Knitting by Judy @ 1:26 AM

In the Magic Cast-On article, I mentioned that it could be used to start small circles, like top-down hats and bottom-up bags and such. But I never really explained how one would do that. A few people have asked, so here’s a little tutorial. You can click on the pictures to see a larger version.


In this picture, I’ve used the Magic Cast-On to place 5 stitches on a pair of DPN. As usual, the tail is over my index finger and the working yarn is over my thumb.

The first stitch cast on is on the right on needle A. Because I’ve cast on an odd number of stitches (5), the last stitch is the one on the left on needle A.


In this picture, I’ve rotated the needles. I’m going to knit the stitches from needle B using needle C.

Note that I’m holding both the tail and the working yarn together. I’m going to knit all 5 stitches using the double strand.


Now I have knit 5 stitches, and I have 10 yarn loops around the needle — one loop of tail and one of working yarn through each of the original 5 stitches.

On the next round, I’m going to knit each individual loop. By knitting each pair of loops individually instead of together as one stitch, I will double the number of stitches I have on the needles from 5 to 10, without doing any M1 increases.


And here is the result of the last step. I now have 10 stitches on the needles.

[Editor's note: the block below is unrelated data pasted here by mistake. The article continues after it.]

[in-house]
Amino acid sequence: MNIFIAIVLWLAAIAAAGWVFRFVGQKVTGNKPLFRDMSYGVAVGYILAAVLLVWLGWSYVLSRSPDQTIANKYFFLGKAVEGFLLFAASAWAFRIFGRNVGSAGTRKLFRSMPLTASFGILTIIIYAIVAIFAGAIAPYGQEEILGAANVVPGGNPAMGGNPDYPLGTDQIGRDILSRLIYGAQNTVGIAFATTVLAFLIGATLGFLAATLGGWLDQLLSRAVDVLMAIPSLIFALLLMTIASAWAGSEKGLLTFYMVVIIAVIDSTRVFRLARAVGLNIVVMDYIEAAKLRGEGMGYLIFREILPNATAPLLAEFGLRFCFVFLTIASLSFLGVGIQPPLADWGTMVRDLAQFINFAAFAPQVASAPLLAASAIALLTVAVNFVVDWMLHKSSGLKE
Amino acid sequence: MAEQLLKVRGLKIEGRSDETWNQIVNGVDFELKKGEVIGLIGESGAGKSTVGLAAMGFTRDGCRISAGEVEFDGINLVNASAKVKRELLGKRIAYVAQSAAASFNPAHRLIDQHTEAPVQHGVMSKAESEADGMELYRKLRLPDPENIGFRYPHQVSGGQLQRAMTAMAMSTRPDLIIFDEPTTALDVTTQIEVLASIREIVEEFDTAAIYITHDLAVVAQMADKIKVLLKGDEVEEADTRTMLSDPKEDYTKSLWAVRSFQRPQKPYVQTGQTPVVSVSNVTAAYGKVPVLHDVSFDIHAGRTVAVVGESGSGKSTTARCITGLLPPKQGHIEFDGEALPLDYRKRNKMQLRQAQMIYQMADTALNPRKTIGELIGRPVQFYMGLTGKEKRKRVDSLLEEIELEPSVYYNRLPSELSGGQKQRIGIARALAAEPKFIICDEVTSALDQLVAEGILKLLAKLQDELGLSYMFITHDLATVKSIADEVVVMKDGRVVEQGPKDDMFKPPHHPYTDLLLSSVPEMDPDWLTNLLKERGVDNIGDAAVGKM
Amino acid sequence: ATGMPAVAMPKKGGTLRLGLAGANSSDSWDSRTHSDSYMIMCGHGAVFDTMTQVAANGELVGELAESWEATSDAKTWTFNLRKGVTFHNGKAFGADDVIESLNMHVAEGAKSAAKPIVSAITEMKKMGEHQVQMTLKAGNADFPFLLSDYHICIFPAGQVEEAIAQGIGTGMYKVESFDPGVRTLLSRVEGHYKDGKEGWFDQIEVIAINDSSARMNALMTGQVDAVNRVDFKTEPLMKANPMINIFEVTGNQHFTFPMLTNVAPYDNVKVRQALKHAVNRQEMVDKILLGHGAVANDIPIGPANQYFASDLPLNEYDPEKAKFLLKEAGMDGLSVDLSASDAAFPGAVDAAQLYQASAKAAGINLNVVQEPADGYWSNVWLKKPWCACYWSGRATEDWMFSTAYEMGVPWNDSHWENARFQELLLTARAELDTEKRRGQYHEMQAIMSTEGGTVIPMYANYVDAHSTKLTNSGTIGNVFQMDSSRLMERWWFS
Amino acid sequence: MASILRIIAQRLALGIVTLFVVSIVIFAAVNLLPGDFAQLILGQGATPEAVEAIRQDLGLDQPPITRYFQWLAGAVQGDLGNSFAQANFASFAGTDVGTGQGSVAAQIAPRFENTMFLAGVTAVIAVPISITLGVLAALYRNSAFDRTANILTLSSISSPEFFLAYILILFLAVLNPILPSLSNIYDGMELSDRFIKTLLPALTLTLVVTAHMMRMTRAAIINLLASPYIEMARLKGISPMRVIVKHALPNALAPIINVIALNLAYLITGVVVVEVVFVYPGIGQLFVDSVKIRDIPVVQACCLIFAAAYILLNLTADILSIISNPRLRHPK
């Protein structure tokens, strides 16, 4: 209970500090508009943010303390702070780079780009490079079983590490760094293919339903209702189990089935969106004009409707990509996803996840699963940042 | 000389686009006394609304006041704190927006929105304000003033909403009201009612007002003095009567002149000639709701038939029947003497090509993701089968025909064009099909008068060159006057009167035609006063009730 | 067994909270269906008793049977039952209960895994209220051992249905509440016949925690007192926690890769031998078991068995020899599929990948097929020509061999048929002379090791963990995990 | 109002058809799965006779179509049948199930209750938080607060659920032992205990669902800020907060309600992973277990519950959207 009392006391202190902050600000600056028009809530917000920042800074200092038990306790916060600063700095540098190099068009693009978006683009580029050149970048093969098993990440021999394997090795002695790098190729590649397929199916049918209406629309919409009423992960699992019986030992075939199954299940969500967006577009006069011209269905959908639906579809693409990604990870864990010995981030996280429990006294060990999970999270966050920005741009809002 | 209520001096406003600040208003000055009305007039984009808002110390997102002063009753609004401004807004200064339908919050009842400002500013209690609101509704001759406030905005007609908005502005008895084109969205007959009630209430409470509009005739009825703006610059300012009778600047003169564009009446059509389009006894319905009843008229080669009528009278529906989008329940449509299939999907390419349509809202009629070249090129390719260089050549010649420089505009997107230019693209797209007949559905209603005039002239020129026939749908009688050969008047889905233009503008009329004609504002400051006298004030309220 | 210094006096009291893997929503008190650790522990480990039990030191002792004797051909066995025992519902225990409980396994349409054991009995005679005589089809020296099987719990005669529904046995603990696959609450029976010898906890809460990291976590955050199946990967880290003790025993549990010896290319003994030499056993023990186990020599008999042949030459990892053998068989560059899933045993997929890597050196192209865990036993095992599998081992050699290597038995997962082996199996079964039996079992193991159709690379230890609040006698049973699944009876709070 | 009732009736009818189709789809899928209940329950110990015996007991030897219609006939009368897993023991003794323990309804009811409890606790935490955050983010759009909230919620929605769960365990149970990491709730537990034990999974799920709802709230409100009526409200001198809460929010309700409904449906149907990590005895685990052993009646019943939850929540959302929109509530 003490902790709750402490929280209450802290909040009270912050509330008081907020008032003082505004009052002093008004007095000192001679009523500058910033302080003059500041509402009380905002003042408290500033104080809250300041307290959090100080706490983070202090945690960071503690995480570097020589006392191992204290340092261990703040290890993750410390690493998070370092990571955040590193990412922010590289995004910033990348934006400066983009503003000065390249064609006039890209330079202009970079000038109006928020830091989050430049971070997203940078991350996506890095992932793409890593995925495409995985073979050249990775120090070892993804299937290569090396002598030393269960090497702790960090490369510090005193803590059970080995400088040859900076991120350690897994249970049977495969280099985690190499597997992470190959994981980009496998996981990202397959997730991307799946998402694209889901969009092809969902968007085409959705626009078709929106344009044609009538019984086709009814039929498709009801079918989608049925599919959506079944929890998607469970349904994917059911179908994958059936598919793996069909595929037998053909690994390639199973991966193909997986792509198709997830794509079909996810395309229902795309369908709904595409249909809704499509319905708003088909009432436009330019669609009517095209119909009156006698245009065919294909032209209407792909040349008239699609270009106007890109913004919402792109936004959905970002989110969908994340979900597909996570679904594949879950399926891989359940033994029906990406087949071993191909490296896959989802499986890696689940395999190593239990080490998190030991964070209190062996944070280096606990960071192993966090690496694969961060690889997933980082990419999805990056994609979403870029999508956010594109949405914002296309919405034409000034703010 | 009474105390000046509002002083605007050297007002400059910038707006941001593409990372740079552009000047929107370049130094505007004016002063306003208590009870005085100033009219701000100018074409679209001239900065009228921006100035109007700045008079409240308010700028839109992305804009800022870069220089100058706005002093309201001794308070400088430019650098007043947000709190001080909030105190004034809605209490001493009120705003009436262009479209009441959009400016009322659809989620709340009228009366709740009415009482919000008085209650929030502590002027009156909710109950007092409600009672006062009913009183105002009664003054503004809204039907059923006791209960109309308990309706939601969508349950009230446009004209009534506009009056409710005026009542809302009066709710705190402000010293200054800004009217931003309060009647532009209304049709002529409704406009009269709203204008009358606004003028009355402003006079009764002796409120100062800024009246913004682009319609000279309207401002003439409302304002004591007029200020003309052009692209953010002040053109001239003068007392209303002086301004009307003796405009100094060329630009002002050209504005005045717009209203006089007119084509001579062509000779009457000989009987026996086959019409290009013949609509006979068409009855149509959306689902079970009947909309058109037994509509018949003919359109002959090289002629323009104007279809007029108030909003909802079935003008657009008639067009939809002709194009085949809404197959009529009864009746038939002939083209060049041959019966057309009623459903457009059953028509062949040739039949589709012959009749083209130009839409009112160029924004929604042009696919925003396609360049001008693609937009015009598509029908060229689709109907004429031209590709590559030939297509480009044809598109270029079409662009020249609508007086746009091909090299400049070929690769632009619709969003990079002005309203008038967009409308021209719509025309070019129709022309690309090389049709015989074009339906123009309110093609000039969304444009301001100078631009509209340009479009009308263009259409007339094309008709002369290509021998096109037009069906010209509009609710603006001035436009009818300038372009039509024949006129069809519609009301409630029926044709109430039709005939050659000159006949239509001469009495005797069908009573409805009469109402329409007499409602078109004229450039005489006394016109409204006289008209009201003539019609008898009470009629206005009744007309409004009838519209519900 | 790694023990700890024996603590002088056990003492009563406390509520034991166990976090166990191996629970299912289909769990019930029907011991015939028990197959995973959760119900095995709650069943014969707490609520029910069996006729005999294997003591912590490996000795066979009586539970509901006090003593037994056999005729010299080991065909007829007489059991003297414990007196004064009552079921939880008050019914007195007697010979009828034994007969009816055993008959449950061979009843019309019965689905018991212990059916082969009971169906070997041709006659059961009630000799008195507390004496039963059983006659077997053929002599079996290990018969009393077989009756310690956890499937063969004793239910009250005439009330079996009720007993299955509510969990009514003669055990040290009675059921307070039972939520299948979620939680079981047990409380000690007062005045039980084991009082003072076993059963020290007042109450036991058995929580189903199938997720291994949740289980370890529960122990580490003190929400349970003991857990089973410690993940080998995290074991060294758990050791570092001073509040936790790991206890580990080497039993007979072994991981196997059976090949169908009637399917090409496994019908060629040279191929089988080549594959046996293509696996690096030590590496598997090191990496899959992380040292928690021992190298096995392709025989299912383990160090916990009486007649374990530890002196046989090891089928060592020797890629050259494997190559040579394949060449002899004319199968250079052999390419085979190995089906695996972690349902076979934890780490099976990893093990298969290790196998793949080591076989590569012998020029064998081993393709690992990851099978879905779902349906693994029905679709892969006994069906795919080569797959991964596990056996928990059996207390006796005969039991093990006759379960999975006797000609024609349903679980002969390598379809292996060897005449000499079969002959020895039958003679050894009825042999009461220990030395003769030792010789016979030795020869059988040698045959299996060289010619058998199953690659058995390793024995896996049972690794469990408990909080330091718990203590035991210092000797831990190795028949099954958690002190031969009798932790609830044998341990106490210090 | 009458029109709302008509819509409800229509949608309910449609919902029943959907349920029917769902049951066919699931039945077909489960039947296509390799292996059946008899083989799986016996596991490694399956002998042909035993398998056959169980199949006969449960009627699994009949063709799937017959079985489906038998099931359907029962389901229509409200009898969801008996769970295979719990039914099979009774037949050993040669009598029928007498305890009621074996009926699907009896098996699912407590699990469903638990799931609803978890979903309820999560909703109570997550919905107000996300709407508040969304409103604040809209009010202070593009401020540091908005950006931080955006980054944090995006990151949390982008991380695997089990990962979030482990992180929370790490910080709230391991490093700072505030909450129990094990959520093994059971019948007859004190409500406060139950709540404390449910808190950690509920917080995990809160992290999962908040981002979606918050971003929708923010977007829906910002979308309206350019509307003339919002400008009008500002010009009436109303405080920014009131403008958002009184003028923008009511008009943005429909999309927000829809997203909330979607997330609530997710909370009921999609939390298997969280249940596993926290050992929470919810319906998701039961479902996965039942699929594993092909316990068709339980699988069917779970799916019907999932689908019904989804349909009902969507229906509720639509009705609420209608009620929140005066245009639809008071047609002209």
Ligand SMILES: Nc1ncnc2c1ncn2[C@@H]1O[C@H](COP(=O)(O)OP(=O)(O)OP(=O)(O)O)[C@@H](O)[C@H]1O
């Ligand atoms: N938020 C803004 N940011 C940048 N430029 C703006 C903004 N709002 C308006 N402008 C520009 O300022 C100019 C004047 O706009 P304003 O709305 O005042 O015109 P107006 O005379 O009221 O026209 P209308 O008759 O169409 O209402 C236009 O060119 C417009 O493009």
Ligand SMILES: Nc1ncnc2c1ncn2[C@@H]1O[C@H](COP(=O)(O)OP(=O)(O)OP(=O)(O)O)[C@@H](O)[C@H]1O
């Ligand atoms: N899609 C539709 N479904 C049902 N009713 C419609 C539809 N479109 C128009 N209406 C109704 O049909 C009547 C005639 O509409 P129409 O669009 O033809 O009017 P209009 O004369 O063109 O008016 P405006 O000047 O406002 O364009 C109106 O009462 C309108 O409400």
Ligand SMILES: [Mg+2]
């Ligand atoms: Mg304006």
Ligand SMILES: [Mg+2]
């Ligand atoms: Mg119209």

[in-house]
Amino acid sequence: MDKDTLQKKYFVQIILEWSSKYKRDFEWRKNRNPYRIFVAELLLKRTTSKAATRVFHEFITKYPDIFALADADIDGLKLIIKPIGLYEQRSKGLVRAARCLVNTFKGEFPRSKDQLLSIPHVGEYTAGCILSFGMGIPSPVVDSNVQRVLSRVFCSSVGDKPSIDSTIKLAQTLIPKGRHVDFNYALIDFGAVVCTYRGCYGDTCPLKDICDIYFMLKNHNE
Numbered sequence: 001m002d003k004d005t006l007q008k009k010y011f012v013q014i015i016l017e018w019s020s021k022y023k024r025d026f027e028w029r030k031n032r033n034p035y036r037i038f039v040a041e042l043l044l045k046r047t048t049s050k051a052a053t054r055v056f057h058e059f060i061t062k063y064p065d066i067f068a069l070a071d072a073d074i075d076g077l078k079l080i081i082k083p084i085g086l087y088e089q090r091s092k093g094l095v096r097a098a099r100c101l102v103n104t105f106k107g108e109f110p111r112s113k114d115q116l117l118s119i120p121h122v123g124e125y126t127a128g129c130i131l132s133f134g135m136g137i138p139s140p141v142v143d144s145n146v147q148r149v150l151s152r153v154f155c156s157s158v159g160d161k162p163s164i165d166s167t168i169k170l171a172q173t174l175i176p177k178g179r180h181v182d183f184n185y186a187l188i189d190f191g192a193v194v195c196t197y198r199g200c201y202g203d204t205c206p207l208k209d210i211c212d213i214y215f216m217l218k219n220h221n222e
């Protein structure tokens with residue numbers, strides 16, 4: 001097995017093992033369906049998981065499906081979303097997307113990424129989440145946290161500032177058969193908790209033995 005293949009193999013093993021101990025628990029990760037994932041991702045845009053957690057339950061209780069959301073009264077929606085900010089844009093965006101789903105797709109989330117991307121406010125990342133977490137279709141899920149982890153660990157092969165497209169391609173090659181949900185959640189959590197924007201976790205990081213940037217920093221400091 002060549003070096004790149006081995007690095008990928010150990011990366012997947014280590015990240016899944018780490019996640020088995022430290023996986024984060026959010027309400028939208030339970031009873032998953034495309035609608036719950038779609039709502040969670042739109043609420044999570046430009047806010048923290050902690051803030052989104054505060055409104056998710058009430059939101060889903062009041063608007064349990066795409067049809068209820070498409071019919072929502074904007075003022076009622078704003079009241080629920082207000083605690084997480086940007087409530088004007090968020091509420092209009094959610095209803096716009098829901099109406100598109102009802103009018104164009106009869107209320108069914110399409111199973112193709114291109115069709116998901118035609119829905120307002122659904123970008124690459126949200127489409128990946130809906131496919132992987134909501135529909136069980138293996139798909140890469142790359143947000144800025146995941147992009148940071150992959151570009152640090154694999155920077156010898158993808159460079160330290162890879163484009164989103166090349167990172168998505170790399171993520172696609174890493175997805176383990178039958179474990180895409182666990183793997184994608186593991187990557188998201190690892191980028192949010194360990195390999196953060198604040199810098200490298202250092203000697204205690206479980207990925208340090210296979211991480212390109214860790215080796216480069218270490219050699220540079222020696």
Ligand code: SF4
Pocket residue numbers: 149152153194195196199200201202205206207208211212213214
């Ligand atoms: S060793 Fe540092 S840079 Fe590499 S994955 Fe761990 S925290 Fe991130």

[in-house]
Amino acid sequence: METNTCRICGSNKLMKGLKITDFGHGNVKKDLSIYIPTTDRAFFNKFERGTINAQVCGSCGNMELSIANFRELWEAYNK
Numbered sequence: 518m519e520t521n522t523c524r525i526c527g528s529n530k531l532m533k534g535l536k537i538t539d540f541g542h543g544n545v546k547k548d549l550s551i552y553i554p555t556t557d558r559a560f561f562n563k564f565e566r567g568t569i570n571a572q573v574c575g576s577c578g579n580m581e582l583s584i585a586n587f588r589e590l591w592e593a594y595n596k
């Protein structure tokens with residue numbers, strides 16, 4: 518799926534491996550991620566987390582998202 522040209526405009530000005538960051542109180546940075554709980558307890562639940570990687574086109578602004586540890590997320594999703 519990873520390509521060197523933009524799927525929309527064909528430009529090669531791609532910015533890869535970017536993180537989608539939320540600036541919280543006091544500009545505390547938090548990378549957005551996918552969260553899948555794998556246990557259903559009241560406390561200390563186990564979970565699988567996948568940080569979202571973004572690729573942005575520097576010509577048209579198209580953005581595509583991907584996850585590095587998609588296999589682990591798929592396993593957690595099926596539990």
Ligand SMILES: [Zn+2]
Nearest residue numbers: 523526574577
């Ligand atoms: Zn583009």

I’ve added another DPN because that makes it easier to knit around the circle.


Here is the circle after several rounds. After the second round, I used regular M1 increases to increase from 10 stitches to 17 and added in a fourth DPN.

There’s nothing significant about the number 17, I just wasn’t really good for this demo about increasing at a regular interval. You, of course, gentle reader, will do better.

But note that I have a neat, closed circle. There’s no hole in the middle. And I didn’t have to mess around with tightening anything up or trying to close the middle.

Using the tail held with the working yarn to double your stitches is optional. But sometimes that first increase round can be intresting. This can make it a little easier.

The double-yarn increase method works great as long as the last stitch you cast on is on needle A. If you need an even number of stitches to start your circle, simply start the Magic Cast-On around needle B instead of the more-usual start around needle A. By starting around needle B and casting on an even number of stitches, you will end up with the last stitch cast on around needle A, just where it needs to be.

And there you have it! This works well for hats, round bags, pinwheel blankets and star toes on socks. I used this method to start the Spanish Lavender Basket Wave socks with 6 stitches.

The method can be used with DPNs, as I’ve shown it, or double-circs or magic loop. I demoed with DPNs only because it’s easier to keep them stable when having only two hands to juggling lighting, props and camera.

Have fun!



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